Lessons From History: The Courage of an Island
An astounding act of courage against the Nazis

It was the spring of 1944. World War ii was still raging on, and the Nazis were rounding up as many Jews as they could. Nazi death ships were traveling the Greek coast, making stops on the ports of the Ionian Islands to round up the Jews in residence there and take them to Auschwitz. First, the SS squads took 2,000 Jews from Corfu and another 400 from Cephalonia. Then they turned to the next island in their path: the small, idyllic island of Zakynthos.

There were 275 Jews living on the island of Zakynthos—descendants of Jewish families who had been living peacefully with their Greek neighbors for centuries. But now these 275 lives were in jeopardy—in danger of having their names added to the list of casualties of the Holocaust. They were saved by the extraordinary courage of two men and the united efforts of the entire population of Zakynthos.

Two days before the Nazi ships arrived on this small Greek island, the commandant of the SS forces called Mayor Lucas Carrer and Bishop Chrysostomos from Zakynthos to his office. He delivered an ultimatum: They had 24 hours to give him a list of all the Jews on the island or face the wrath of Hitler’s SS guards.

What could they do but obey? All of the other islands had complied with the Nazis’ orders. They feared what the Nazis would do to them if they refused to give up the names of the Jews that lived on the island.

These two men held 275 lives in their hands—the lives of men, women and children. The decision was entirely up to them. And what would they have to lose if they simply went along with the command? They would lose their neighbors, but they would save themselves—and perhaps even gain the approval of the Nazis by complying.

What these two men chose to do instead was an astounding act of courage against the Nazis.

Carrer and Chrysostomos returned to the commandant’s office with an envelope within the designated 24 hours. When the commandant opened the envelope, he was stunned by what he saw. The paper inside listed only two names: the mayor’s and the bishop’s. The bishop told the Nazi commander, “Here are your Jews. If you choose to deport the Jews of Zakynthos, you must also take me, and I will share their fate.”

The Nazi commander was dumbfounded. These two men from a tiny Greek island dared to stand up against the voracious beast of the Third Reich. Unsure what his next move should be, he sent a message to Berlin informing them of the situation and requesting new orders.

Meanwhile, Carrer and Chrysostomos warned the Jews on Zakynthos of the Nazis’ intentions. The other inhabitants of the island conducted a massive operation to hide the 275 Jews in their villages, farms and in their own homes. The whole population was behind this. No matter what happened, they would protect the Jews of Zakynthos. They hid them in secret rooms and lofts. Many of the children in particular were hidden in plain sight—as part of their neighbors’ families. As long as there was no distinction made between the other children and the Jewish children, the Nazis had no idea which was which.

In the ensuing months until the Nazis left the island, not one inhabitant betrayed the Jews. No one told the Nazis where the Jews were hiding. Several months later, the Nazis left Zakynthos without taking a single Jew from the island to deport to the concentration camps. A mayor, a bishop and a group of neighborly townspeople had banded together and prevented 275 Jews from being swallowed up by the Nazi war machine.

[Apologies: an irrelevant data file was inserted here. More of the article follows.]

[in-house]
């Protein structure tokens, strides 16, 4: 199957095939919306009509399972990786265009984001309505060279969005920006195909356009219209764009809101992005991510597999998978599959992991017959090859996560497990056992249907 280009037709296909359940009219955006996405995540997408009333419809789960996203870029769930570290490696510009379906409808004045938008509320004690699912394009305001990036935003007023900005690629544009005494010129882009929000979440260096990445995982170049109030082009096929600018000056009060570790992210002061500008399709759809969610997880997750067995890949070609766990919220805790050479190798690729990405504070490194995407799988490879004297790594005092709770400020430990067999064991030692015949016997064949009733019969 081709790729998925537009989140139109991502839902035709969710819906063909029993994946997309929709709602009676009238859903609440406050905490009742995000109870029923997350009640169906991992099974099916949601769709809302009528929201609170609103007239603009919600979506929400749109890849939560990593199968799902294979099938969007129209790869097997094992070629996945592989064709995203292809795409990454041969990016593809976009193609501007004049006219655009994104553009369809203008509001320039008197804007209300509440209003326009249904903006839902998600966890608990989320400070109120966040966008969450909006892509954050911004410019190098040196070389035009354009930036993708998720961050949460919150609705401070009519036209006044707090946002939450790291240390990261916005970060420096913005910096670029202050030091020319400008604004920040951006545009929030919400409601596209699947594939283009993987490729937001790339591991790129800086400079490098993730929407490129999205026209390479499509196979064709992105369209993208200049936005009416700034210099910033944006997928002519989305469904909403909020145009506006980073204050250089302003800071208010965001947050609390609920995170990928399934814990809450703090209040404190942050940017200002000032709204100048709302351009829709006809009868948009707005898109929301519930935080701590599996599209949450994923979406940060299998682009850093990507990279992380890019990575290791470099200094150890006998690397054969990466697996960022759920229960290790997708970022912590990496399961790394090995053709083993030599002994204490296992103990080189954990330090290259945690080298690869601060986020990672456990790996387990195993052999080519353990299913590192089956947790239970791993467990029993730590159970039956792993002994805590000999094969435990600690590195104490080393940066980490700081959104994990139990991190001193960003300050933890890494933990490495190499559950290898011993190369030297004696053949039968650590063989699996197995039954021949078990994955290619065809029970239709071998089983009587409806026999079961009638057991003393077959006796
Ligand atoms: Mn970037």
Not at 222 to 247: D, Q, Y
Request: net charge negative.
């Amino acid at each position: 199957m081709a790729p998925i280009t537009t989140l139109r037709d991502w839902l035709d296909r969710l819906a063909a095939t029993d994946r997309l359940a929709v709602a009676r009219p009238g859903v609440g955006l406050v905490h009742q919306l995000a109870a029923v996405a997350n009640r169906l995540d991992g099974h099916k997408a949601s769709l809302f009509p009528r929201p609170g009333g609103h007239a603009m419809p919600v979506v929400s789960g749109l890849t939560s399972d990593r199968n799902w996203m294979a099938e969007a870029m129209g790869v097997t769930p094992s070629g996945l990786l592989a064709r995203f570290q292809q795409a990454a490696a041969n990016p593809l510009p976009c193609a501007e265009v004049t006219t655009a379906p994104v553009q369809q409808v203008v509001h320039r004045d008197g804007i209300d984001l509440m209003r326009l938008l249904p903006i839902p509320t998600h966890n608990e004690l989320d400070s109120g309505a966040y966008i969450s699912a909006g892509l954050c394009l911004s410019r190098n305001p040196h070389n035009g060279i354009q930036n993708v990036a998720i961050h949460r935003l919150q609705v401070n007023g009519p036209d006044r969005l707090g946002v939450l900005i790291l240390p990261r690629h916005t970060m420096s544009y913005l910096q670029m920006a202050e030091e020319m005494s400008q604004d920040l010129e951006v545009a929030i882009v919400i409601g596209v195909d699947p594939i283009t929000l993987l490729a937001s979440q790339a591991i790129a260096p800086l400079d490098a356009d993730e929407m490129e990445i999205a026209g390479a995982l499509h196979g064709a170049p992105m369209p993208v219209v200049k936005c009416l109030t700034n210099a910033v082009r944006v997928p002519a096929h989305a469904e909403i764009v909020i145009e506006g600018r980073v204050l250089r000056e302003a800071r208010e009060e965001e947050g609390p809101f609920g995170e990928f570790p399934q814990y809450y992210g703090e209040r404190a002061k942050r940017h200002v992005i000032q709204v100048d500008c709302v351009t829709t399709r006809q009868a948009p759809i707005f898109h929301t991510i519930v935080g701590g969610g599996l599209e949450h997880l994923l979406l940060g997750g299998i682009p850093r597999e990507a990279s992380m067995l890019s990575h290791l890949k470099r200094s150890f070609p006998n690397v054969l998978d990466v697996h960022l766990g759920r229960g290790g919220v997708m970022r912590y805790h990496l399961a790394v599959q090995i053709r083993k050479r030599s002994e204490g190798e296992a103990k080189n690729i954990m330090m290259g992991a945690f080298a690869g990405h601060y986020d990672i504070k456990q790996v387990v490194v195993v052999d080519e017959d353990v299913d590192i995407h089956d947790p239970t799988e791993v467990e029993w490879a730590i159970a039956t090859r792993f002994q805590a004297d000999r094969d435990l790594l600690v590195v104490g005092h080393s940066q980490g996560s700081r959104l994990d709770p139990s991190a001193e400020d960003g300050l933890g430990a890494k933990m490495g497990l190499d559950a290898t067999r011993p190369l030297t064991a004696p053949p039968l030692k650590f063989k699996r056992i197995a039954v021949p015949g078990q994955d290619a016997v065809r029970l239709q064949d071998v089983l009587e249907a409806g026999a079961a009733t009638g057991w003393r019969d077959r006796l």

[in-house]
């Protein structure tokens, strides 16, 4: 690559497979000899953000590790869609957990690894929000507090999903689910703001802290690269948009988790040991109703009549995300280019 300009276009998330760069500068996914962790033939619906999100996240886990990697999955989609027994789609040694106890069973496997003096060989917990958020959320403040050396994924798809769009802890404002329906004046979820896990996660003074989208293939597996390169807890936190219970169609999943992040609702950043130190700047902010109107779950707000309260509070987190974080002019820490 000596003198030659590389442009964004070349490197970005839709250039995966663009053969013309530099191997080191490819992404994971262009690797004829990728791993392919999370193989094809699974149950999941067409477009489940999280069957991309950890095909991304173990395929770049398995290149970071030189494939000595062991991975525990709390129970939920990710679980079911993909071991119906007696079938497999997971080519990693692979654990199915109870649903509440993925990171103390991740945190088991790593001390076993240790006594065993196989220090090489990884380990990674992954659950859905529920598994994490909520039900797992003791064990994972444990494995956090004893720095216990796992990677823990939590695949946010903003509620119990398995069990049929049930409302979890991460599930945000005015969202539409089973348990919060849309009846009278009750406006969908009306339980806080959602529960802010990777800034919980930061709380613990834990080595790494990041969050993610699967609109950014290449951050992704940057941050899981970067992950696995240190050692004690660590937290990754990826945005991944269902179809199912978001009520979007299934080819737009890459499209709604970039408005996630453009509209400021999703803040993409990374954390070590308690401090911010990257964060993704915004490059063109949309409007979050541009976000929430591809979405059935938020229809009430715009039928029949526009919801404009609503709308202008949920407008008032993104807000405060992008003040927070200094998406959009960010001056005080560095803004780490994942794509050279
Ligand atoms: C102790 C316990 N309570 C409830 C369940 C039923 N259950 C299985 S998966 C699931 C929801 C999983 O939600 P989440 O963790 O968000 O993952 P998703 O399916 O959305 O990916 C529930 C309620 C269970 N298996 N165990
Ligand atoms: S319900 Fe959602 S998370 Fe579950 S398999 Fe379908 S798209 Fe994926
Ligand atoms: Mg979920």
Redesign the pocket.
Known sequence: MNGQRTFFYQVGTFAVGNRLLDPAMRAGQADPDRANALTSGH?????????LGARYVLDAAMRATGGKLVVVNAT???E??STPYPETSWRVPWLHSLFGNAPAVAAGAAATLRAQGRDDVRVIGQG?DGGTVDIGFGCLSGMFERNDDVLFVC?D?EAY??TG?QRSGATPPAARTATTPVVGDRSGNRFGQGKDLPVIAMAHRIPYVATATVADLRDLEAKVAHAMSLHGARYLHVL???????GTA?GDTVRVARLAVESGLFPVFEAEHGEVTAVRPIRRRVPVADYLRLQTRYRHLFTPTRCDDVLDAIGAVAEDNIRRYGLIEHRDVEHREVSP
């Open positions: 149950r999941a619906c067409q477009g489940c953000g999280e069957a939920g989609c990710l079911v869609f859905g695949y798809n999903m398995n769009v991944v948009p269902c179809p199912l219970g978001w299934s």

The people of Zakynthos showed indomitable courage in the face of danger. But more than that, they showed impressive character. The citizens of all the other Greek islands had simply given up the names of the Jewish citizens from their area, buying into the Nazi idea that the Jews deserved to be eliminated. All over Europe, people were turning in their neighbors and friends to the Nazis simply because they were Jews. In most cases, cities and towns gave up their Jews without a fight—and sometimes even willingly. But the people of Zakynthos stood up against this tidal wave of evil. They made the right decision, uniting to save their neighbors.

This story brings to mind Christ’s statement in John 15:13: “Greater love hath no man than this, that a man lay down his life for his friends.” The people on this little Greek island stood up for their friends and neighbors. They didn’t have to make this decision. They could have gone along with the Nazi command and simply given up the names of the Jewish residents—effectively condemning them to death in one of the horrific Nazi concentration camps. But they did not. They showed that they loved their neighbors more than they loved themselves. They were not afraid to stand up against Hitler’s commands if it meant saving their fellow townspeople.

After the war ended, some of the Jews stayed on the island, and some of them moved to the newly formed nation of Israel. But no matter how far away they traveled, the Jews of Zakynthos never forgot the great sacrifice of their neighbors.

On Aug. 12, 1953, a huge 7.2 magnitude earthquake struck the region between the islands of Cephalonia and Zakynthos. This earthquake caused widespread damage throughout the Greek islands, but particularly on the island of Zakynthos.

The first boat to arrive with aid for the victims of the earthquake on the island was from Israel. It came with a message that read, “The Jews of Zakynthos have never forgotten their mayor or their beloved bishop and what they did for us.” By their actions, the citizens of Zakynthos gained the enduring gratitude of their Jewish friends and neighbors. Their actions stand out as a shining example from that dark time of war, an example that we can still learn from today.